“A Boston study published this month suggests people who tend to be optimistic are likelier than others to live to be 85 years old or more,” reports NPR:
That finding was independent of other factors thought to influence life’s length — such as “socioeconomic status, health conditions, depression, social integration, and health behaviors,” the researchers from Boston University School of Medicine and the Harvard T.H. Chan School of Public Health say… The study included 69,744 women and 1,429 men. Both groups completed survey measures to assess their level of optimism, as well as their overall health and health habits such as diet, smoking and alcohol use.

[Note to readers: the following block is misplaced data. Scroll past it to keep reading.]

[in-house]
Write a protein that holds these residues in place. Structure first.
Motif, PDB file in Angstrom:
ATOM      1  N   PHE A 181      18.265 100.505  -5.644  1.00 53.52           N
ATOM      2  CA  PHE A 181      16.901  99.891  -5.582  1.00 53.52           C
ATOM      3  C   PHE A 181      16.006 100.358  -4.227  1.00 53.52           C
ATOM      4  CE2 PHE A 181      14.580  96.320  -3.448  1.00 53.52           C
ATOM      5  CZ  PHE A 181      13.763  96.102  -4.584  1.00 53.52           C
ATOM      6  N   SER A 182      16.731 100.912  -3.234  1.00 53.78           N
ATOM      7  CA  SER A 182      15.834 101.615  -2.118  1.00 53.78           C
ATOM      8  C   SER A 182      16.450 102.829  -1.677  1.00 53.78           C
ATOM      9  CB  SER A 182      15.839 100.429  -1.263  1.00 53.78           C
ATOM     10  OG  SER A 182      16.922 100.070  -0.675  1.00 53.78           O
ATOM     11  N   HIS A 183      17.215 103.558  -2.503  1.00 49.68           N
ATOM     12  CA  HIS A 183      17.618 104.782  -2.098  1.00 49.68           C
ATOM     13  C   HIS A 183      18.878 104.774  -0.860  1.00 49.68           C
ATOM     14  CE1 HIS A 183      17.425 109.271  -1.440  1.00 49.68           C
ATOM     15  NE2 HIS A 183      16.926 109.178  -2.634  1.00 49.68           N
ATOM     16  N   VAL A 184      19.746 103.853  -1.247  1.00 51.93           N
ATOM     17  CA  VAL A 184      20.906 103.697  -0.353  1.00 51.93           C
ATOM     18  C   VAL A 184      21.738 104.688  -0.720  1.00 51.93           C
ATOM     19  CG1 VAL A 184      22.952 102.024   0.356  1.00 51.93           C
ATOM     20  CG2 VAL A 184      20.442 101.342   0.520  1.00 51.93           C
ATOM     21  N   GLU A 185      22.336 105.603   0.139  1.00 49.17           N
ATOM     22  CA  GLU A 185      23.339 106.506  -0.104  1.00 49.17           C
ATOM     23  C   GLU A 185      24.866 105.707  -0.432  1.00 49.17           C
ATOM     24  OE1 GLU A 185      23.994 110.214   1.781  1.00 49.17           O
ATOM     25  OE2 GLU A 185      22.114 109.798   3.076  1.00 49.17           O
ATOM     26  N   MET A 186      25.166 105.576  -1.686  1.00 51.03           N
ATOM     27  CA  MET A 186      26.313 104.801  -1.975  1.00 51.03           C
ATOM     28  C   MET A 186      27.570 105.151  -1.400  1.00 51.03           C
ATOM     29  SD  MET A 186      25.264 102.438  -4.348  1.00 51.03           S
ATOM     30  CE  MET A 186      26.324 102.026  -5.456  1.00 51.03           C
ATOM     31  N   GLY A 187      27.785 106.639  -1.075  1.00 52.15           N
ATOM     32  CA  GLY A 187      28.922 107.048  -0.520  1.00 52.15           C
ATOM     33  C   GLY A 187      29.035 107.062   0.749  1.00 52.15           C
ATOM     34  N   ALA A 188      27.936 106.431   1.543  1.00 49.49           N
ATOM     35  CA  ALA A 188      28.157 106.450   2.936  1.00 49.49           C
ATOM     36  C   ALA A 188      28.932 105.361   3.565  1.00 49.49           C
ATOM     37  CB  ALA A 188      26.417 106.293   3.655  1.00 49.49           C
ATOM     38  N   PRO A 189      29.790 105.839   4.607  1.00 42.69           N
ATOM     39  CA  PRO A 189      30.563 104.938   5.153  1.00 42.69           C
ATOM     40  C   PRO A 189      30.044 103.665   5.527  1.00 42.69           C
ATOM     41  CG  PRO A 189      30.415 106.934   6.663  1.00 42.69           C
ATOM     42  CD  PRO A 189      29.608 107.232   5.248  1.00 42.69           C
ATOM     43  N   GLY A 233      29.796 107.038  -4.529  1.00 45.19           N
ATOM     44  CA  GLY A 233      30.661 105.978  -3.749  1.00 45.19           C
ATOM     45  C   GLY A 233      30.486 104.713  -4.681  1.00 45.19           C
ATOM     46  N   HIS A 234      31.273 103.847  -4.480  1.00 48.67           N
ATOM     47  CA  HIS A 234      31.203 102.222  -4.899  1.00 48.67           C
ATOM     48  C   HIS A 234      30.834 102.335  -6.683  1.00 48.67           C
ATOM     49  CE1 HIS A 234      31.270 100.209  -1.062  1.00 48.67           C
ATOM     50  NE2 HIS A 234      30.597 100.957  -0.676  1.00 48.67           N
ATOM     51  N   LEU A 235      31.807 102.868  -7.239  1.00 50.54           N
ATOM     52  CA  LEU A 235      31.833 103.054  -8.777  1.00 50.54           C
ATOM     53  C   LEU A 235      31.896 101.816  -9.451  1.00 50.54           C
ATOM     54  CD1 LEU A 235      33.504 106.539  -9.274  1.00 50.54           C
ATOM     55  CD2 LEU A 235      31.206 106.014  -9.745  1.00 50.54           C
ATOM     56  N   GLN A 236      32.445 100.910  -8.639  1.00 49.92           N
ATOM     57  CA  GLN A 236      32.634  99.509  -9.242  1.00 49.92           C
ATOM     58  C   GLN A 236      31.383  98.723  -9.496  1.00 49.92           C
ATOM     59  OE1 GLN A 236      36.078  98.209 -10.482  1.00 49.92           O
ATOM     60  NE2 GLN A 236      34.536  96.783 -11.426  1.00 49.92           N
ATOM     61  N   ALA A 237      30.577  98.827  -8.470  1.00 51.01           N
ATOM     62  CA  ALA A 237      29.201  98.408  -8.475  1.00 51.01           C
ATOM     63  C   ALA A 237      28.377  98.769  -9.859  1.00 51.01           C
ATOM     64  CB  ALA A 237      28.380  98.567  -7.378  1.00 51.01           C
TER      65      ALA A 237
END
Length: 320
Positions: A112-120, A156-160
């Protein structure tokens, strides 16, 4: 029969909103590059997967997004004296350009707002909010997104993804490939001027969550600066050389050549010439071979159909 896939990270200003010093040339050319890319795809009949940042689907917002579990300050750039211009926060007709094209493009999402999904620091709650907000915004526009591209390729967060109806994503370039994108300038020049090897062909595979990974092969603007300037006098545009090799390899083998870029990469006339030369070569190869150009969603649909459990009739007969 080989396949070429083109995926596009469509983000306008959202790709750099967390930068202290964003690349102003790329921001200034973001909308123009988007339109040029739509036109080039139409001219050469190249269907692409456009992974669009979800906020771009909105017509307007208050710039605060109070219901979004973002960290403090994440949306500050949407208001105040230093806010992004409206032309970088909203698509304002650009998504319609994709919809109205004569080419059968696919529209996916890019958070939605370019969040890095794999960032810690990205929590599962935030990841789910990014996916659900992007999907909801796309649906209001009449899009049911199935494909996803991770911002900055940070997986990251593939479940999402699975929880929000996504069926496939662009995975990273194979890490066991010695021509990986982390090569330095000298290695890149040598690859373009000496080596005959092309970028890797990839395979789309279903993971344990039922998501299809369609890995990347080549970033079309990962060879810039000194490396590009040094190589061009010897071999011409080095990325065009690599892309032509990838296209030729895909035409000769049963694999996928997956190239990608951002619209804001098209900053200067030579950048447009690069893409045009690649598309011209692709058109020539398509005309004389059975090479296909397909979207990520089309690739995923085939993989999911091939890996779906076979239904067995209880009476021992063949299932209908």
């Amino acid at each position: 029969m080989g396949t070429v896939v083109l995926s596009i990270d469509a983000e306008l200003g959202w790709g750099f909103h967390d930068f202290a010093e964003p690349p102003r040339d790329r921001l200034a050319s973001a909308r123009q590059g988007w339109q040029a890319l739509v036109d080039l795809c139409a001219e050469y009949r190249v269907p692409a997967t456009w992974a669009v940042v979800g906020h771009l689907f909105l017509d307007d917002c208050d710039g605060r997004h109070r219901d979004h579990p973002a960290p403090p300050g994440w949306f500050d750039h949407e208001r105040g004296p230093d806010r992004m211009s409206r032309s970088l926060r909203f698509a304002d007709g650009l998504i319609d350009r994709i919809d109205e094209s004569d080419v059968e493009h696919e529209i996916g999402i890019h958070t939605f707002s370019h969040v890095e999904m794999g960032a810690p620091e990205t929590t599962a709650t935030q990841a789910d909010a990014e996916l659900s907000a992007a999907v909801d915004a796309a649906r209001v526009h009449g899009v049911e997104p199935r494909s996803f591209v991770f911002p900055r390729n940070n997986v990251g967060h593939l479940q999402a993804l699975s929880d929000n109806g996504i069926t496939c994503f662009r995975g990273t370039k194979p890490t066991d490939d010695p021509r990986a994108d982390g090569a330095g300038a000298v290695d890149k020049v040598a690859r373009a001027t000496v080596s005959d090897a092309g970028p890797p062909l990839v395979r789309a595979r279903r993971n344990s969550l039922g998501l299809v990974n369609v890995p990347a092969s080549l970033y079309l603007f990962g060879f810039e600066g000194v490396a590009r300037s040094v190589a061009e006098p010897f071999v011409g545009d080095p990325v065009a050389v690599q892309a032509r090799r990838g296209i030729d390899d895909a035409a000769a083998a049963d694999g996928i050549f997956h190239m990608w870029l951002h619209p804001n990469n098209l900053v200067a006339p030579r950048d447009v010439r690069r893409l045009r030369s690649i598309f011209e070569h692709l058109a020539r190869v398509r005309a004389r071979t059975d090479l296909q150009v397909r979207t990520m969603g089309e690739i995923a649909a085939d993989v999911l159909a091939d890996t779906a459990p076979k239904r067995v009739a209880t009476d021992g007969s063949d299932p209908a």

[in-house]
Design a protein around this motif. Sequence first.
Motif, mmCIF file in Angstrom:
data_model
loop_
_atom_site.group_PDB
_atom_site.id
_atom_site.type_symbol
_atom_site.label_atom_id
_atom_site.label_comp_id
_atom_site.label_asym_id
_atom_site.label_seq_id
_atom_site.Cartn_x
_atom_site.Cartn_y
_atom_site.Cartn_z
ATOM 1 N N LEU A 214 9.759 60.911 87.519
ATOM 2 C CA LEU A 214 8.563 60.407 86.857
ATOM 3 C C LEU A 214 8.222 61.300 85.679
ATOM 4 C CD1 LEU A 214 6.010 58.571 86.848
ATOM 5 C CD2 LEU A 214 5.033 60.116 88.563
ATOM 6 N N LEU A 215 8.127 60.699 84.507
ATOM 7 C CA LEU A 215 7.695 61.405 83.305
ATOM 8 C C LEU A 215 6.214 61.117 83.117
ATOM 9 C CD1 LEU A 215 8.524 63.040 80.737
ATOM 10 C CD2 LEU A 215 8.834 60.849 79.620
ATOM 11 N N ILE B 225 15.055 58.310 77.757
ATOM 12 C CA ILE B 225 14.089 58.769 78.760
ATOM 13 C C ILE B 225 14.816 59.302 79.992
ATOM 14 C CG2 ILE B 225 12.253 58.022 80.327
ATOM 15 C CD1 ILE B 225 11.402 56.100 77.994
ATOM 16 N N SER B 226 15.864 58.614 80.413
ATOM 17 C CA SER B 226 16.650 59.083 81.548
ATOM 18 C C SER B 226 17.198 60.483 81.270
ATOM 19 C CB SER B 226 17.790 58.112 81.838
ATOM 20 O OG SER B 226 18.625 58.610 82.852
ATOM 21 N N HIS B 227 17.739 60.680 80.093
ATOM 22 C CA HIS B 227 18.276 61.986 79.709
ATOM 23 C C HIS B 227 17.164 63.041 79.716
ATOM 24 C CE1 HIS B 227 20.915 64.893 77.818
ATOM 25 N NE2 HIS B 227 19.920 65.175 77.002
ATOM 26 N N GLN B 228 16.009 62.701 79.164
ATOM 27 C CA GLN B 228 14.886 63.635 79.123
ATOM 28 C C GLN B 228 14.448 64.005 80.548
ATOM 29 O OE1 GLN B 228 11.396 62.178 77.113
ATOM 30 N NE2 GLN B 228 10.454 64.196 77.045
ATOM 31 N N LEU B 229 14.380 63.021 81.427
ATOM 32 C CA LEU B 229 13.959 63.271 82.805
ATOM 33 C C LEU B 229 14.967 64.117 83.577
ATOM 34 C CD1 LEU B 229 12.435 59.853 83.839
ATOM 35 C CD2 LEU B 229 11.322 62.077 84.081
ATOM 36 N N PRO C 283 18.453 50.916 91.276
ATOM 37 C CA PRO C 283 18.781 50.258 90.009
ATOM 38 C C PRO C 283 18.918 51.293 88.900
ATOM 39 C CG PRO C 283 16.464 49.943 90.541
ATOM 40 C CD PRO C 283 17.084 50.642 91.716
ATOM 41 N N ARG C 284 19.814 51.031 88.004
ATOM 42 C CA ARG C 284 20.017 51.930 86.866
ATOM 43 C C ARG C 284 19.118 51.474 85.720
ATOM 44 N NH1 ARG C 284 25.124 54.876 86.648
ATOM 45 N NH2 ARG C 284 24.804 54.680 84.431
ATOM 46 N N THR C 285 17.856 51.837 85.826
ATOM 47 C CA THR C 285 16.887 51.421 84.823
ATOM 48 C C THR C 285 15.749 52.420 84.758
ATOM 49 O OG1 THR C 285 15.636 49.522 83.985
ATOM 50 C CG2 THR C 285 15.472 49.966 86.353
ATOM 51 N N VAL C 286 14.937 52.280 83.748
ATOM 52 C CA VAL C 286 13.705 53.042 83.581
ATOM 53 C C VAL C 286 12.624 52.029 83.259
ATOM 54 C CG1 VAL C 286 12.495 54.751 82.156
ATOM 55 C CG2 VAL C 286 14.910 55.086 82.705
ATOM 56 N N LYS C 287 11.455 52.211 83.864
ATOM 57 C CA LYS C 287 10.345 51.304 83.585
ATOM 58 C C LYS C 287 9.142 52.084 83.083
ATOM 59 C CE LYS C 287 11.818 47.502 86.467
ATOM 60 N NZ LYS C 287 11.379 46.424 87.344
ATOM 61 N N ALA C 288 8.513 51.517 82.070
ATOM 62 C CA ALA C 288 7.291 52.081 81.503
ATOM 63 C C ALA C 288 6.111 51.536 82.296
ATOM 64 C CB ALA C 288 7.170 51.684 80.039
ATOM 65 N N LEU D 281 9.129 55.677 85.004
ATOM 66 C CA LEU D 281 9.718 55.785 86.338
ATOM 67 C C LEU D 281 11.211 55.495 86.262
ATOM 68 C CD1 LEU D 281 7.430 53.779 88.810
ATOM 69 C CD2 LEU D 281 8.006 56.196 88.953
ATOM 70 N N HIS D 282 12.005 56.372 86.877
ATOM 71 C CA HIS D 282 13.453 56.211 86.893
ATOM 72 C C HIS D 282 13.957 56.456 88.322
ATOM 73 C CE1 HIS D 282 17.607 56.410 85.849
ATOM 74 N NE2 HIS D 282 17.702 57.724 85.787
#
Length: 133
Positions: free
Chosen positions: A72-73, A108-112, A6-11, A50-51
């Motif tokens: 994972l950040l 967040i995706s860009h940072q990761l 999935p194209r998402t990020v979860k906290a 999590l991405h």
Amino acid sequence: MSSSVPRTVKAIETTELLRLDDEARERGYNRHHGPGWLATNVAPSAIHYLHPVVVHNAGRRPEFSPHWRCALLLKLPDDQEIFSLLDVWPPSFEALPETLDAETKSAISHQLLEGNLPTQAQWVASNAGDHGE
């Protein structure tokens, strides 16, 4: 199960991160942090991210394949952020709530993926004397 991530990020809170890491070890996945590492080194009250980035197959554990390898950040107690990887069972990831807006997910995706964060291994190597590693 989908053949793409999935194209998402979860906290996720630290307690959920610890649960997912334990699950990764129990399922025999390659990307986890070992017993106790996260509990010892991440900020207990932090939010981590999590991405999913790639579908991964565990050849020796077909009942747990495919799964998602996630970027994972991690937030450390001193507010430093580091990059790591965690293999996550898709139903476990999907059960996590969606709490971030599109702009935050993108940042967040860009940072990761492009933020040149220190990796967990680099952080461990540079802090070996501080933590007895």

In the survey, study participants were asked if they agreed with statements such as “in uncertain times I usually expect the best” or “I usually expect to succeed in things that I do.” Health outcomes from women in the study were tracked for 10 years, while the men’s health was followed for 30 years. Researchers found that the most optimistic men and women demonstrated, on average, an 11-15% longer lifespan, and had far greater odds of reaching 85 years old, compared to the least optimistic group.
You will be successful in your work.